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Dimas Ashidiqi
Sunday, 14 January 2024

A Practical Guide to CAShapeLayer

Get started with CAShapeLayer by creating an animated checkmark icon

A Practical Guide to CAShapeLayer

What You’ll Learn

In this tutorial, you’ll build an animated checkmark icon. In the process, you’ll learn how you can use CAShapeLayer to animate shapes.

Introduction to CAShapeLayer

CAShapeLayer is a subclass of CALayer that allows you to draw shapes and animate them. Notice that I put emphasize in “animate”, because if you just want to draw shapes, you can use UIView’s draw(_:) method instead. But the draw(_:) method approach is more expensive because it uses CPU on the main thread, whereas CAShapeLayer use GPU. Where CAShapeLayer really shines is when you want to animate the shape’s properties like the strokes, color, and patterns.

Getting Started

Create a new XCode project with the iOS app template. In this tutorial, we’ll use UIKit.

Let’s get started by create a new file called CheckmarkView.swift. In this project, I will create the UIs 100% programmatically. So, type the following code:

import UIKit

class CheckmarIconView: UIView {
    init() {
        super.init(frame: .init(x: 0, y: 0, width: 40, height: 40))
    required init?(coder: NSCoder) {
        fatalError("init(coder:) has not been implemented")

You should be familiar with the code above. We create CheckmarIconView which is a subclass of UIView. We call the super.init(frame:) method with 40 as the width and the height of the view.

Next, we’ll draw the checkmark icon. This will require 4 steps:

  1. Create the CAShapeLayer instance
  2. Crete the path using UIBezierPath, then assign it to our CAShapeLayer instance
  3. Customize the CAShapeLayer’s properties
  4. Add the CAShapeLayer to the view’s layer as its sublayer

Here’s how you can do those steps in code:

class CheckmarIconView: UIView {
    // 1. Create the `CAShapeLayer` instance
    let checkmarkLayer = CAShapeLayer()
    init() {
        super.init(frame: .init(x: 0, y: 0, width: 40, height: 40))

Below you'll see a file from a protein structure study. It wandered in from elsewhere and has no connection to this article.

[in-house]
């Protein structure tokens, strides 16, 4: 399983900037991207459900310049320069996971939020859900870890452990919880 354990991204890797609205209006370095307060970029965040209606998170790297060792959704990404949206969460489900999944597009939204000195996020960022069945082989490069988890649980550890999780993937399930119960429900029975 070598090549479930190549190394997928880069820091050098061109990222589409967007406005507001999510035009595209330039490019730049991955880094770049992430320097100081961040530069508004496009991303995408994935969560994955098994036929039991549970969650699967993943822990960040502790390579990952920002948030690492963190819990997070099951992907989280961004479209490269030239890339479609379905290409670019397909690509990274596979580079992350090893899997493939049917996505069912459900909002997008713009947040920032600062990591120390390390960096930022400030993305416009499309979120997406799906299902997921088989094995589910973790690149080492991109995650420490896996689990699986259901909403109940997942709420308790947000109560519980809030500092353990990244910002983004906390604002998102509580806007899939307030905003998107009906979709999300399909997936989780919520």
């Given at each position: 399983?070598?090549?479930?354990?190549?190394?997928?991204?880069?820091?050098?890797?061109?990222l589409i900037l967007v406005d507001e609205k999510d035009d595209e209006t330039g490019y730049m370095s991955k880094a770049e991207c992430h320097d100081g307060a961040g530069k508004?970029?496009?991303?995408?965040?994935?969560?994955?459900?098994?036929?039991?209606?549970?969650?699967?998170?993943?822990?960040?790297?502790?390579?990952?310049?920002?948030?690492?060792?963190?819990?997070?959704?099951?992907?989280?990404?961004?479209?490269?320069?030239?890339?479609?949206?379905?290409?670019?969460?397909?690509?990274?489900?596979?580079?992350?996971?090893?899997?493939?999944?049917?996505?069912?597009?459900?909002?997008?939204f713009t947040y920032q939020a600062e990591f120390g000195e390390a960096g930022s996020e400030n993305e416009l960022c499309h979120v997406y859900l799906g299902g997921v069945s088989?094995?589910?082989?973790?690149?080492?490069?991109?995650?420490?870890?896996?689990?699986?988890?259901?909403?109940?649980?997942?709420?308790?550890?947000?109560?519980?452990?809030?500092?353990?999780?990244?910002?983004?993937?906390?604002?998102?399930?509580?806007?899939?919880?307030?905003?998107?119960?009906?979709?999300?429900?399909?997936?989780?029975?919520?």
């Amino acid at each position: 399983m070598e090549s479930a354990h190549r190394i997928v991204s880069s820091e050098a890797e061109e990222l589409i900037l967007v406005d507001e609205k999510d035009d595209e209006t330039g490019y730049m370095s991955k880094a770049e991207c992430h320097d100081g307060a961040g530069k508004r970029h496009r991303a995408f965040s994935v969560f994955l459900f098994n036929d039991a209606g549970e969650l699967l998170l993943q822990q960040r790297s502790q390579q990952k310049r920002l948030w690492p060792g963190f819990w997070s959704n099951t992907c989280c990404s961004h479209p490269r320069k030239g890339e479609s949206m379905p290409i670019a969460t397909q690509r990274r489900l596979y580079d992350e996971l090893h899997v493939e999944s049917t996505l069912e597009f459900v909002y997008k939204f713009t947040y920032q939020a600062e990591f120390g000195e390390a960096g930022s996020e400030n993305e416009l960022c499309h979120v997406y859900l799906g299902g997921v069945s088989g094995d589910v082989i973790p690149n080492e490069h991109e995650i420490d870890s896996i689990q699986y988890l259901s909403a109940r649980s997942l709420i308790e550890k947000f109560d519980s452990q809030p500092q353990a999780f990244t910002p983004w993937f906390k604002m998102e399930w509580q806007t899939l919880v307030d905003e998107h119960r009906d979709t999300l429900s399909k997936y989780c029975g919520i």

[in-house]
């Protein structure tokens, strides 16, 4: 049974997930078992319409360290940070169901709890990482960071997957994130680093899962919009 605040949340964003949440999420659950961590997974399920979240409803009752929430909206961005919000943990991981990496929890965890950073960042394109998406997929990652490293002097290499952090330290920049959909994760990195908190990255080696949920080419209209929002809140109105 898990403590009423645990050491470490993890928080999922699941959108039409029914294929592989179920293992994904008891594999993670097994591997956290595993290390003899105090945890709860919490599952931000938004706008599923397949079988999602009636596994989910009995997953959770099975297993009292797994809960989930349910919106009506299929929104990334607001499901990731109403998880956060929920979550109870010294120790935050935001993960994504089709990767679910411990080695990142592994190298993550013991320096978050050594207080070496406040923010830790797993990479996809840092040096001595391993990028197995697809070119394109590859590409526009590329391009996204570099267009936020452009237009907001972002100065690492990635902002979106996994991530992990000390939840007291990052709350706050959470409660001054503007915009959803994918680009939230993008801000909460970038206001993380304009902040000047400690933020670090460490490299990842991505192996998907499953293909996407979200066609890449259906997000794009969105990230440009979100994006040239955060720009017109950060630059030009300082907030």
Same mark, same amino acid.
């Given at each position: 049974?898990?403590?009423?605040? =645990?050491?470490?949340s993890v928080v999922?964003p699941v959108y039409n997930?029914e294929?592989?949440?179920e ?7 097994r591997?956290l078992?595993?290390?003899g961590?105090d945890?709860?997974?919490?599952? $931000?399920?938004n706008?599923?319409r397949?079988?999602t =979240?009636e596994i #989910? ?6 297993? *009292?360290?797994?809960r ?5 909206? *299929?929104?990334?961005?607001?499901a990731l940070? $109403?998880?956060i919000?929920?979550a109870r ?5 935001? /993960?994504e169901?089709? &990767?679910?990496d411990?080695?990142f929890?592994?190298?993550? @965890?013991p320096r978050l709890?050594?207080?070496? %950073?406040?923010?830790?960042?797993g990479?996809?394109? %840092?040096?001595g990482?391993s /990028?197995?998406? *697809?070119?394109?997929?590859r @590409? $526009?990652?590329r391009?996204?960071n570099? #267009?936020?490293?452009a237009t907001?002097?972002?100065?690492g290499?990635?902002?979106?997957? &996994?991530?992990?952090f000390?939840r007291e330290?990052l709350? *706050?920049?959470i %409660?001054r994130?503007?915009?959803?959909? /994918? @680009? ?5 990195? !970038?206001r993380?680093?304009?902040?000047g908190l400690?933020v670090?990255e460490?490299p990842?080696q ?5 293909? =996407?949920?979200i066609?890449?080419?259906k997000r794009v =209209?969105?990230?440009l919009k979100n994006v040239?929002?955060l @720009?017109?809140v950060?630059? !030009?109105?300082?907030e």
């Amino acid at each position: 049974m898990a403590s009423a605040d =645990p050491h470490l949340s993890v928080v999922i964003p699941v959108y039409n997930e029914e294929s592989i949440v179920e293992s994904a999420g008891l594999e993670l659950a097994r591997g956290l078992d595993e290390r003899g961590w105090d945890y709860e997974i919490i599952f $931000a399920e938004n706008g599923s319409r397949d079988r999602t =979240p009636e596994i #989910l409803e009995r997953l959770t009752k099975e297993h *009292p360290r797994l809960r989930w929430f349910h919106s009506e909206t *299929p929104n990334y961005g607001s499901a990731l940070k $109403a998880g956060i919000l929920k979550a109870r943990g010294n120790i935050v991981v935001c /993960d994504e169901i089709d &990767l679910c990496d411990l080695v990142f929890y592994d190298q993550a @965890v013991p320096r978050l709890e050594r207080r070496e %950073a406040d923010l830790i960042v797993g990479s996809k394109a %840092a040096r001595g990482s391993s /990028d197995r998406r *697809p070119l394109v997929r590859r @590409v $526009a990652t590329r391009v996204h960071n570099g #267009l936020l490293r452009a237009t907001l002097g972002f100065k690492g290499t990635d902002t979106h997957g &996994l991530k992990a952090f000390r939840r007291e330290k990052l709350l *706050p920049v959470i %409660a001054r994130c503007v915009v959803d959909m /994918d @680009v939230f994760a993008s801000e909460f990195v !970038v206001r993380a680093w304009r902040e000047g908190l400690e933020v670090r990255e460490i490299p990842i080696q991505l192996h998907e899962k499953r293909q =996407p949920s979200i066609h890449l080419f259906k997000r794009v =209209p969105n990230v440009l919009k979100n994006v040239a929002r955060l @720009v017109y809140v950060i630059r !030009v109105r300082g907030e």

setupCheckmarkLayer() // don't forget to call this method
    // ...
    private func setupCheckmarkLayer() {
        // 2. Crete the path using `UIBezierPath`, then assign it to our `CAShapeLayer` instance
        let path = UIBezierPath()
        path.move(to: CGPoint(x: 6.5, y: 20.5))
        path.addLine(to: CGPoint(x: 16.5, y: 30.5))
        path.addLine(to: CGPoint(x: 33.5, y: 8.5))
        checkmarkLayer.path = path.cgPath
        // 3. Customize the CAShapeLayer's properties
        checkmarkLayer.fillColor = UIColor.clear.cgColor
        checkmarkLayer.strokeColor = UIColor.systemBlue.cgColor
        checkmarkLayer.lineWidth = 3
        checkmarkLayer.lineCap = .round
        checkmarkLayer.lineJoin = .round
        // 4. Add the `CAShapeLayer` to the view's layer as its sublayer

First, we create the CAShapeLayer instance as a property of the view and named it CheckmarkLayer. We do this because later we will need to refer to this layer when we want to animate the checkmark.

Then, we create the path using UIBezierPath. It may look like I’m making up the numbers, but in the next section I will explain how I came up with those numbers, and how you can too.

After that, we customize the properties of our CheckmarkLayer. One thing to highlight here is that you have to set the fillColor to UIColor.clear.cgColor. If you don’t do that, the icon will become a triangle instead of a checkmark, and it took me off guard at first.

Last, we add the CheckmarkLayer to the view’s layer as its sublayer.

Understanding how to work with UIBezierPath

At first, it may seem like you have to guess the numbers when you create the path, but you are not.

Here’s the icon that I draw in Figma:

If you think about it, the checkmark icon is made up of two lines. And those lines are made up of three points in the following coordinates:

If you look closer to our path code, you’ll see that the numbers are exactly the same as the coordinates in Figma. The method also perfectly resembles the icon in Figma. Because the first point is located in (6.5, 20.5), we ask the path to move to CGPoint(x: 6.5, y: 20.5). Then, we ask the path to add a line to CGPoint(x: 16.5, y: 30.5) and then to CGPoint(x: 33.5, y: 8.5).

One thing to note is that the coordinate system will only match if you’re working with UIKit. If you’re working with AppKit, the coordinate system is flipped, so you’ll have to flip the y-axis.

Animating the Checkmark Icon

To animate the icon, add this method to our CheckmarIconView class:

func startAnimation() {
    let animation = CABasicAnimation(keyPath: "strokeEnd")
    animation.duration = 0.5
    animation.fromValue = 0
    animation.toValue = 1
    animation.timingFunction = CAMediaTimingFunction(name: .easeInEaseOut)

    checkmarkLayer.add(animation, forKey: "loadingAnimation")

In this method, we create a CABasicAnimation instance and that will animate the strokeEnd property of our CheckmarkLayer from 0 to 1 in 0.5 second. Then, we add the animation to our checkmarkLayer.

Now, you can call the startAnimation() method in UIViewController’s ViewDidAppear or UIView’s didMoveToWindow method.

With that, you have animated the checkmark icon.


In this tutorial, you’ve learned how to use CAShapeLayer to draw shapes and animate them. You’ve also learned how to create UIBezierPath from a Figma file.

There are still many things that you can animate with CAShapeLayer, like the dash pattern and the line width.